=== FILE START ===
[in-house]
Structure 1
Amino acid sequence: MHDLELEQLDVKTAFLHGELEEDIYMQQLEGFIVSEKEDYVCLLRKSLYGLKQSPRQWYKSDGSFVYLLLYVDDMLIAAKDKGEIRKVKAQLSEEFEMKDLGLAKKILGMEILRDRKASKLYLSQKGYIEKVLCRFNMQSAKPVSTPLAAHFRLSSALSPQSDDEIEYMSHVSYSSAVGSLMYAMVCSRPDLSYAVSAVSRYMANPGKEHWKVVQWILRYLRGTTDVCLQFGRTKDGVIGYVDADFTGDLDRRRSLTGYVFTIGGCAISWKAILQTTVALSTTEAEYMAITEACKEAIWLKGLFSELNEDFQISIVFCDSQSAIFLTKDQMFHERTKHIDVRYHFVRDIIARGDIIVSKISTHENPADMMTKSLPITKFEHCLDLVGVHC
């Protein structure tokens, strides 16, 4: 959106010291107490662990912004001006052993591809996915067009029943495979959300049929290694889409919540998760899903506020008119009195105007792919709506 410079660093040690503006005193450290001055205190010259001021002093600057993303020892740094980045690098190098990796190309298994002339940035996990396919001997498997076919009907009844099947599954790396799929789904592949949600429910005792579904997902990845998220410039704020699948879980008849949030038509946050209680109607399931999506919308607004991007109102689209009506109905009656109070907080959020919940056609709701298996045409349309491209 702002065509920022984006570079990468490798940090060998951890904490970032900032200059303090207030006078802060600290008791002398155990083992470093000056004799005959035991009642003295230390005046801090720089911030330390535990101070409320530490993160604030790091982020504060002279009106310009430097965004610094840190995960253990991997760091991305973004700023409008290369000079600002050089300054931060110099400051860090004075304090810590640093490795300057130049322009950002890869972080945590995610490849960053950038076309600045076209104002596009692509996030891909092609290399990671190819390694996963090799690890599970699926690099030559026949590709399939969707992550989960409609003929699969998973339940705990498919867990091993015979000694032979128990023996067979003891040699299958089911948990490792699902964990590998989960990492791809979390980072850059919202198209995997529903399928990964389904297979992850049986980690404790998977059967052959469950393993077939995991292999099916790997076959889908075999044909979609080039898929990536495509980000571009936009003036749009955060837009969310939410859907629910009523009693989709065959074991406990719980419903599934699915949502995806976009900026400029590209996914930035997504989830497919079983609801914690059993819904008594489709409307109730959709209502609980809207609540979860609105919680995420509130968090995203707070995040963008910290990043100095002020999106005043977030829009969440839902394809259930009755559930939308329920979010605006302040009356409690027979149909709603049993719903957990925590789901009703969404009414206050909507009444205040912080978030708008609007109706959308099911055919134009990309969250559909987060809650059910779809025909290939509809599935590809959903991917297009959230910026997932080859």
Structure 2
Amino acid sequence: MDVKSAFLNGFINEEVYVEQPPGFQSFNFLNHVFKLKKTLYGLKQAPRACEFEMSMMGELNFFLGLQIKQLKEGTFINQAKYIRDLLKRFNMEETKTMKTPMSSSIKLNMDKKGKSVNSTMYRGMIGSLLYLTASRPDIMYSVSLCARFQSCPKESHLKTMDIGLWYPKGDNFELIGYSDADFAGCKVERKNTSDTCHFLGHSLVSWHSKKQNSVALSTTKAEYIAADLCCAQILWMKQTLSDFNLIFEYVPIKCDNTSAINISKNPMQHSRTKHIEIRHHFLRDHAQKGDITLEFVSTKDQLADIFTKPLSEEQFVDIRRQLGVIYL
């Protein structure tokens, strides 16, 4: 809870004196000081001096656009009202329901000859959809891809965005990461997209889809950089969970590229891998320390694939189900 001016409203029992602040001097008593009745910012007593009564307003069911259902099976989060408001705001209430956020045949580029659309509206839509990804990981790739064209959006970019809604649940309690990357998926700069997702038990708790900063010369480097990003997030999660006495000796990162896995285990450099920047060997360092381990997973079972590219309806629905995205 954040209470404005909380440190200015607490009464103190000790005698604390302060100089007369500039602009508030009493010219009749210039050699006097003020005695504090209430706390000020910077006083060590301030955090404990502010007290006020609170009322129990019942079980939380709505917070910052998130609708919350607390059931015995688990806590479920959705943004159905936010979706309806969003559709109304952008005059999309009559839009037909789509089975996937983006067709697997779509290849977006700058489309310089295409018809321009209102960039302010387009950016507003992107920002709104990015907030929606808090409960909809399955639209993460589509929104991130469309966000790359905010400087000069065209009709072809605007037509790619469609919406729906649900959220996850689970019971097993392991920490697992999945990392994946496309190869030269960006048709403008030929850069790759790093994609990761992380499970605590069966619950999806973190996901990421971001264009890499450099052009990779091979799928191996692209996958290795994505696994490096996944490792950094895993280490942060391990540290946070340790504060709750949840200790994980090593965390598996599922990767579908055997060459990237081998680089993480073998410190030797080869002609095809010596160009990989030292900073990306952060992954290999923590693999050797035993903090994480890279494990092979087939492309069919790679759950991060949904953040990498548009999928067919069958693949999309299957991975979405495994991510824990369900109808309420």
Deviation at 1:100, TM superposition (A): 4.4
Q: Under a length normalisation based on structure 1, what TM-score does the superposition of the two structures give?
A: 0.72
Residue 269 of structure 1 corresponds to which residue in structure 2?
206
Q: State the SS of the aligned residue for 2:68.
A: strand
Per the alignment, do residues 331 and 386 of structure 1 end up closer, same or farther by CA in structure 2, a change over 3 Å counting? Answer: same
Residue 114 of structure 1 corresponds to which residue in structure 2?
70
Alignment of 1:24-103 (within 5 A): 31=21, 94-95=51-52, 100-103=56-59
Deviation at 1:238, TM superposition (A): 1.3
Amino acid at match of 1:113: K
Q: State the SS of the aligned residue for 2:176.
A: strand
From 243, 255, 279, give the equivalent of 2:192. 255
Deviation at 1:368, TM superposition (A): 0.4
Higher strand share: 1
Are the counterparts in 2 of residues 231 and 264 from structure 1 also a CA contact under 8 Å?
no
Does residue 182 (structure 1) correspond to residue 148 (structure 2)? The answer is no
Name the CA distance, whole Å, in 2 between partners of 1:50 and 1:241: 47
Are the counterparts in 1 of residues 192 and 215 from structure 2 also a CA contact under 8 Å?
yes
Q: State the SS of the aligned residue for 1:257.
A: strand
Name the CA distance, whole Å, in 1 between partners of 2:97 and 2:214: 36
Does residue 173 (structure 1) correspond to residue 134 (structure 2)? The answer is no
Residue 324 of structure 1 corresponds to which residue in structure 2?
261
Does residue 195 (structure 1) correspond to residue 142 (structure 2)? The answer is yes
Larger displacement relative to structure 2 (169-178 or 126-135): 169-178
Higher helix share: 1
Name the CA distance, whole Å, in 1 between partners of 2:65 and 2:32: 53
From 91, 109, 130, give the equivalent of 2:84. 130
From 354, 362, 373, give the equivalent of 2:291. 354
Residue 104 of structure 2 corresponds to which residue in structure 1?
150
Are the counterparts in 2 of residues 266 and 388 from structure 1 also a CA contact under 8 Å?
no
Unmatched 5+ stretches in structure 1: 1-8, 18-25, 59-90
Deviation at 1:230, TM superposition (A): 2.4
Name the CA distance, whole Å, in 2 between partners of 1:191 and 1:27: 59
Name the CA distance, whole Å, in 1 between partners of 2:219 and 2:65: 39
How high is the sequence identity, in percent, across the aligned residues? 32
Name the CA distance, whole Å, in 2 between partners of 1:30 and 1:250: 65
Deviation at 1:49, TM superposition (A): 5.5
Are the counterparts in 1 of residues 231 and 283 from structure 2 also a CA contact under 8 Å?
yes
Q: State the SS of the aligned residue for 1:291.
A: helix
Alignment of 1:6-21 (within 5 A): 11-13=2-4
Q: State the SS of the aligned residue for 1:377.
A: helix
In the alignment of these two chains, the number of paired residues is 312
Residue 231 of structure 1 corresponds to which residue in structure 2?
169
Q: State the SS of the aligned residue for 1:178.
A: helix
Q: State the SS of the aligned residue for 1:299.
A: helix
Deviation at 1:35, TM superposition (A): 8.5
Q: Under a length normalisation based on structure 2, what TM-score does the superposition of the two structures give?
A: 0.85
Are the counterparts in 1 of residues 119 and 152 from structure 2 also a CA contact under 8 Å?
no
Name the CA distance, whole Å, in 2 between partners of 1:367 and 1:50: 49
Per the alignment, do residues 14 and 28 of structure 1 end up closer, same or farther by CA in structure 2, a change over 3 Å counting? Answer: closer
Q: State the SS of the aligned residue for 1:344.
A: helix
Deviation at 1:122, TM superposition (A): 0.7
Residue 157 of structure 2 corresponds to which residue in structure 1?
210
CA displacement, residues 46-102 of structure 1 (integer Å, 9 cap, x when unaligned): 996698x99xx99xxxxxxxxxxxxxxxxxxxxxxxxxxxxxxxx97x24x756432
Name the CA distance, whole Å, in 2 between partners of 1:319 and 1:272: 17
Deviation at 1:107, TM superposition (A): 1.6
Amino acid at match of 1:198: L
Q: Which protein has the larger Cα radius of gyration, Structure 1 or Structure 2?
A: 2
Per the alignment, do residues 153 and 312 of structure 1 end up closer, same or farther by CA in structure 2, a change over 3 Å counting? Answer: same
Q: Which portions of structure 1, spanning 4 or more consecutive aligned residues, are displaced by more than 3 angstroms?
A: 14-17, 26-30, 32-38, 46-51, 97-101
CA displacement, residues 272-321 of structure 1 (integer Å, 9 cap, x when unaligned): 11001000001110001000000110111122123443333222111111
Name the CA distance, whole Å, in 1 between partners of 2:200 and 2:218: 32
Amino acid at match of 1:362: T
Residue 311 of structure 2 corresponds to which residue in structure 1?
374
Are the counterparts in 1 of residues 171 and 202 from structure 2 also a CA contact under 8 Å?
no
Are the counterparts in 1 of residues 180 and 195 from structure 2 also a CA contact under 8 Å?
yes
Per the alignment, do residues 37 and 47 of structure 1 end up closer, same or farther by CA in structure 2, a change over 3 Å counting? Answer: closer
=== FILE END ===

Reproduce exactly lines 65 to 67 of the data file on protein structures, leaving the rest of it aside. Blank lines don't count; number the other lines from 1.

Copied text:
Q: State the SS of the aligned residue for 1:178.
A: helix
Q: State the SS of the aligned residue for 1:299.